Nigeria: Recession deepens in Q3
November 21, 2016
Nigeria’s economy continued to weaken in the third quarter. GDP contracted 2.2% annually, marking a sharper drop than the 2.1% decline observed in the previous quarter. Q3’s reading, which marks the third consecutive contraction, surprised market expectations of a softer 2.0% drop. The print suggests that the economic headwinds the country is facing show no sign of abating and prospects of an economic recovery remain dim.
The third quarter reading was underpinned by a contraction in the oil sector, largely due to militant attacks on oil infrastructure. Oil output in Q3 slid from 1.69 million barrels per day (mbpd) in Q2 to 1.63 mbpd, which marks the fourth quarterly decline. Compared to the same quarter of the previous year, oil output declined 24.9% (Q3 2015: 2.17 mbpd) and the oil industry has contracted 22.01%.
The non-oil sector posted flat growth in Q3, reverting a trend of two consecutive declines. A contraction in manufacturing, construction, mining and quarrying and trade offset growth in information and communication and agriculture. The non-oil sector has been hampered by a crunch in foreign currency, the depreciation of the naira and ongoing foreign-exchange volatility.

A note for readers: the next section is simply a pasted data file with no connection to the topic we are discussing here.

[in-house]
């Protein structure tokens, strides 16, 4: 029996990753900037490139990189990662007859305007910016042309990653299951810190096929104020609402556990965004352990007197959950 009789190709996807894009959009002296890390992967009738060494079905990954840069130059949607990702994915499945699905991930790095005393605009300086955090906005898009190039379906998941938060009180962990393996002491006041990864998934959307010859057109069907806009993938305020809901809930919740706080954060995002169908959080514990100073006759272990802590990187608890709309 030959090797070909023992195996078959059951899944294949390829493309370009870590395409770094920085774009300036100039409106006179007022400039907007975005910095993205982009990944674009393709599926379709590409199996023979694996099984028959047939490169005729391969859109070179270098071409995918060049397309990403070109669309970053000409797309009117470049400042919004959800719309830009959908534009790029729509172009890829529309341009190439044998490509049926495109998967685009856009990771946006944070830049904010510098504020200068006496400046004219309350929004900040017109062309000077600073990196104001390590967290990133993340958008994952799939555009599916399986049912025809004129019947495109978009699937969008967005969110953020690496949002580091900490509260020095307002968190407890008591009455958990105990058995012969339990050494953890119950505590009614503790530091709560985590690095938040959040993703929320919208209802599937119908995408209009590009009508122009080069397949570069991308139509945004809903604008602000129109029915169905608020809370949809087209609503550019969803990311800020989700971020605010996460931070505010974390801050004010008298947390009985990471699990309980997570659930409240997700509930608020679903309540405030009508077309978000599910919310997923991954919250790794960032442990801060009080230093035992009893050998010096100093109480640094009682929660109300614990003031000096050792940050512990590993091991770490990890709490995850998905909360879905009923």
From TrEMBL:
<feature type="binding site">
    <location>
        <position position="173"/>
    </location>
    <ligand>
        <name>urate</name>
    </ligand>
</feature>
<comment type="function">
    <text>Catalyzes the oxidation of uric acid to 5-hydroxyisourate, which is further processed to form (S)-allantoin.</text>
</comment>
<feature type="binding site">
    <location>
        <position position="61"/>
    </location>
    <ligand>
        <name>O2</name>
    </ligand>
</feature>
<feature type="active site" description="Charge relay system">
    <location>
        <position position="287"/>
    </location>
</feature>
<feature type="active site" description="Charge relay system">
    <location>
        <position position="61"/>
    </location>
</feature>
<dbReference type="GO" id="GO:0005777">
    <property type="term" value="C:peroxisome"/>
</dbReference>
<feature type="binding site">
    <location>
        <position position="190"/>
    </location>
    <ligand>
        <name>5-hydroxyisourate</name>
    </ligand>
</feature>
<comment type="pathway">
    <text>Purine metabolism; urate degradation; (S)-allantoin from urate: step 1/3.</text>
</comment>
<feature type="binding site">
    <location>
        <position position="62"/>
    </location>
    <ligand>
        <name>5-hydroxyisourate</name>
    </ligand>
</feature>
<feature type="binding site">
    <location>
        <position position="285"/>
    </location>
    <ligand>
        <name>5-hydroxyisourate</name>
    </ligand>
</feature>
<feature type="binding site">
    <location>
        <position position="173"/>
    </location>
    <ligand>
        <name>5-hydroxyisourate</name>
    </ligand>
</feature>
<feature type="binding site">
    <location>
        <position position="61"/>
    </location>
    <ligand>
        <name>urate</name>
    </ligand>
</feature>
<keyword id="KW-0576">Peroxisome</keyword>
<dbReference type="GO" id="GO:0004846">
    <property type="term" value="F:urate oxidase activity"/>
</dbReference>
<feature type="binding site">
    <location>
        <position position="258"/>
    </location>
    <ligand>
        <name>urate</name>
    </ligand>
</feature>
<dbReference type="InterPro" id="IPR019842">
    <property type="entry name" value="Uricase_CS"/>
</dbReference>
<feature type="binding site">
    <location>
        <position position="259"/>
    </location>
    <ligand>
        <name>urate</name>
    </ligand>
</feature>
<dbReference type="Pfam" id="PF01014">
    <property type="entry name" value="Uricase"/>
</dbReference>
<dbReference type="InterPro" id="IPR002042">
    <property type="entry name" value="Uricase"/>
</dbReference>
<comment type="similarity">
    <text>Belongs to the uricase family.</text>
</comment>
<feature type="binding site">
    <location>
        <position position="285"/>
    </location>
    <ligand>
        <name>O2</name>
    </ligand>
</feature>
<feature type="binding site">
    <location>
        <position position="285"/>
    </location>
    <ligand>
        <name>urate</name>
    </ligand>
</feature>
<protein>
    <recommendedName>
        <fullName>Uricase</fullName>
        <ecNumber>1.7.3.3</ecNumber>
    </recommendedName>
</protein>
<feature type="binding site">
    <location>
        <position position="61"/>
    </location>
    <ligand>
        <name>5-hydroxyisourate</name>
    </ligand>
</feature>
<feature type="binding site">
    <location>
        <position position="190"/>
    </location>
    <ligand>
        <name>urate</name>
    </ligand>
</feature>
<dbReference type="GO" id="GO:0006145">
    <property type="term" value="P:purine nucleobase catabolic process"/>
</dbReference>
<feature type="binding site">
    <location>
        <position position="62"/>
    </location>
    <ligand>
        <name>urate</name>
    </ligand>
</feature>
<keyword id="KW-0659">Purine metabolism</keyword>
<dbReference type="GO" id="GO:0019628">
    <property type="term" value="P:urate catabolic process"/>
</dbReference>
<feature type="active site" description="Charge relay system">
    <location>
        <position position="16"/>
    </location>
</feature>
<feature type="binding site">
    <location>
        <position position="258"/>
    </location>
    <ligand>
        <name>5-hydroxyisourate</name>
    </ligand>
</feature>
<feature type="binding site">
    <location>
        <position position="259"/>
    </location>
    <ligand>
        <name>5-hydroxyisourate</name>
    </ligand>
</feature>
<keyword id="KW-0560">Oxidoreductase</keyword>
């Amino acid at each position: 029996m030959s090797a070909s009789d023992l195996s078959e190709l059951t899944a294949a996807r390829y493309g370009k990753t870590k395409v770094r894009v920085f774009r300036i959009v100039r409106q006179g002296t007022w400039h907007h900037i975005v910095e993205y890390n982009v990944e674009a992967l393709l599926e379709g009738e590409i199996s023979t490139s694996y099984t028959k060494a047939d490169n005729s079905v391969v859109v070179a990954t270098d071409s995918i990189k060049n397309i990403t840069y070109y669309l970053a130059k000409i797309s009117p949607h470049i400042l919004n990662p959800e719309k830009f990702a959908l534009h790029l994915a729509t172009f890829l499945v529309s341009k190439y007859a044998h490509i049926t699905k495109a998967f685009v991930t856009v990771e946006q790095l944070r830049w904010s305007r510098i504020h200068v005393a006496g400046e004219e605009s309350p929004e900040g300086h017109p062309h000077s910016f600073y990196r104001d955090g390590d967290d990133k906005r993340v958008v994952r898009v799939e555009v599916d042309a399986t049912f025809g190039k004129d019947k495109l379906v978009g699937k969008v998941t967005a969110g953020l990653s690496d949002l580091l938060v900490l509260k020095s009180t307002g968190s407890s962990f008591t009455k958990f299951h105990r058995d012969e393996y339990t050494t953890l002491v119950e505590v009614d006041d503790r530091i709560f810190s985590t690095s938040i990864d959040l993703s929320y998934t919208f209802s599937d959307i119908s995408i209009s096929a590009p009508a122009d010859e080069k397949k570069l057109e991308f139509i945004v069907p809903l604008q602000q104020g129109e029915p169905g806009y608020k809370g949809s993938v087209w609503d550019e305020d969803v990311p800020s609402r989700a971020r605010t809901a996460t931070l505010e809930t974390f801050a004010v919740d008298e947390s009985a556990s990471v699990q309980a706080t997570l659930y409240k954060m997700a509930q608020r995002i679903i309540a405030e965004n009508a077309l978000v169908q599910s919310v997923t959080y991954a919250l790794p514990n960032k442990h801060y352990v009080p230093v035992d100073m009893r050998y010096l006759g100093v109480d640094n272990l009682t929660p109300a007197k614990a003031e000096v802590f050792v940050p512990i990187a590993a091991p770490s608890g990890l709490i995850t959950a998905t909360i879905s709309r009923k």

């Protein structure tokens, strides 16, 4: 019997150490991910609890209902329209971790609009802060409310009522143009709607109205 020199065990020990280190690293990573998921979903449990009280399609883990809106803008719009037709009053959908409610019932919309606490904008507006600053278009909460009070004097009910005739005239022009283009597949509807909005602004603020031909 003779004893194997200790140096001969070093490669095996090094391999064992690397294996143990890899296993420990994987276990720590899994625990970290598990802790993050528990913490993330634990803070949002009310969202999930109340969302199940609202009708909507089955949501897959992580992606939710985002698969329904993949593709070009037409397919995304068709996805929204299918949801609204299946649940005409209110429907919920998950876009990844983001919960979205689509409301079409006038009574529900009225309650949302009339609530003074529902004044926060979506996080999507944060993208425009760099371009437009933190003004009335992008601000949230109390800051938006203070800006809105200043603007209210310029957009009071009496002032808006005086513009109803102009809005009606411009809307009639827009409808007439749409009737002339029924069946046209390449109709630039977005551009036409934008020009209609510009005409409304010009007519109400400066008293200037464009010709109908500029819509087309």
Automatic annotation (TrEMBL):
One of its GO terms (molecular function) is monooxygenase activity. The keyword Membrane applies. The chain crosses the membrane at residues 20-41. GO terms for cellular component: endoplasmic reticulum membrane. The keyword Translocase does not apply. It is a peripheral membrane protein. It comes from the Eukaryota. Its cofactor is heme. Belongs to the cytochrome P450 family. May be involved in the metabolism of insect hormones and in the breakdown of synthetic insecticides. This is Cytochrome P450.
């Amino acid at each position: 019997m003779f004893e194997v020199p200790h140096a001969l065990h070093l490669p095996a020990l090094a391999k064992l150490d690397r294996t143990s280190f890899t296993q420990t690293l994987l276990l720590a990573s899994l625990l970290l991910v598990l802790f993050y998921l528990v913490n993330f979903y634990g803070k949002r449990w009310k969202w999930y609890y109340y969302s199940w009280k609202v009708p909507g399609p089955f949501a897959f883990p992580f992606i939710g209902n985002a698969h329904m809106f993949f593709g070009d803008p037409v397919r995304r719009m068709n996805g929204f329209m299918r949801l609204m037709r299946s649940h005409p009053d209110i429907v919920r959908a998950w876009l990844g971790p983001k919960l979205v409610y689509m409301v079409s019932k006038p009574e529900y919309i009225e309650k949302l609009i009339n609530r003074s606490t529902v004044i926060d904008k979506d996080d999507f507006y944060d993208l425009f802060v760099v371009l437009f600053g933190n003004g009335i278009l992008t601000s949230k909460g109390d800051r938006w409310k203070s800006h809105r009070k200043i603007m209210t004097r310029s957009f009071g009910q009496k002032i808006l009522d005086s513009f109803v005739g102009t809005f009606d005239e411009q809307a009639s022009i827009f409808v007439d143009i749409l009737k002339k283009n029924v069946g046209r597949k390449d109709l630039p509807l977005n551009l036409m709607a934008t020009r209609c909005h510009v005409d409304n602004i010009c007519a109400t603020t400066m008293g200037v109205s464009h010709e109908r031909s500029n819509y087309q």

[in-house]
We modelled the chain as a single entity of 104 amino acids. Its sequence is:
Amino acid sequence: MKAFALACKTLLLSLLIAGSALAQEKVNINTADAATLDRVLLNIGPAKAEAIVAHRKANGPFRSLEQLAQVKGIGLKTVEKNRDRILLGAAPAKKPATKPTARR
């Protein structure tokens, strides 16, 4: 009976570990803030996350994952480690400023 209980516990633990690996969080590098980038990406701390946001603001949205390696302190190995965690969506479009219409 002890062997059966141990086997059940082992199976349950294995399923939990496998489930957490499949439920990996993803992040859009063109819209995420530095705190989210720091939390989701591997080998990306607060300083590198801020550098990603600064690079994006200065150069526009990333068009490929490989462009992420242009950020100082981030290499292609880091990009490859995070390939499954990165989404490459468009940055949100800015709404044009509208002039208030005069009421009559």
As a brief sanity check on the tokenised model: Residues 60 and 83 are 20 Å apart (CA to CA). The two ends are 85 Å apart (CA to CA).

Although the non-oil sector constitutes over 90% of the economy, there is little evidence to suggest that it could support an economic recovery. Razia Khan, senior economist at Standard Chartered, comments that the country is under pressure from various sources and that a recovery still remains elusive:
“While the flat non-oil GDP data marks some improvement versus previous quarters, there is little to suggest meaningfully improved economic momentum. With no evidence of improved FX liquidity, and the FX shortage still one of the key constraints on activity in Nigeria, we now expect negative growth to persist in Q4-2016 […] Important reforms, not least those centered on Nigeria’s FX market, are required to unlock faster and more sustained economic growth, in our views.”
A potential agreement between OPEC and non-OPEC members in November should support oil prices. However, dwindling oil output and the ongoing threat of militant attacks could offset some of these gains. Although the government and the Niger Delta Avengers militant group are currently negotiating a permanent ceasefire, it remains to be seen whether this will bear fruit. In turn, analysts agree that a recovery is conditional on the implementation of reforms and improving liquidity conditions in the economy, suggesting that another devaluation of the naira is needed.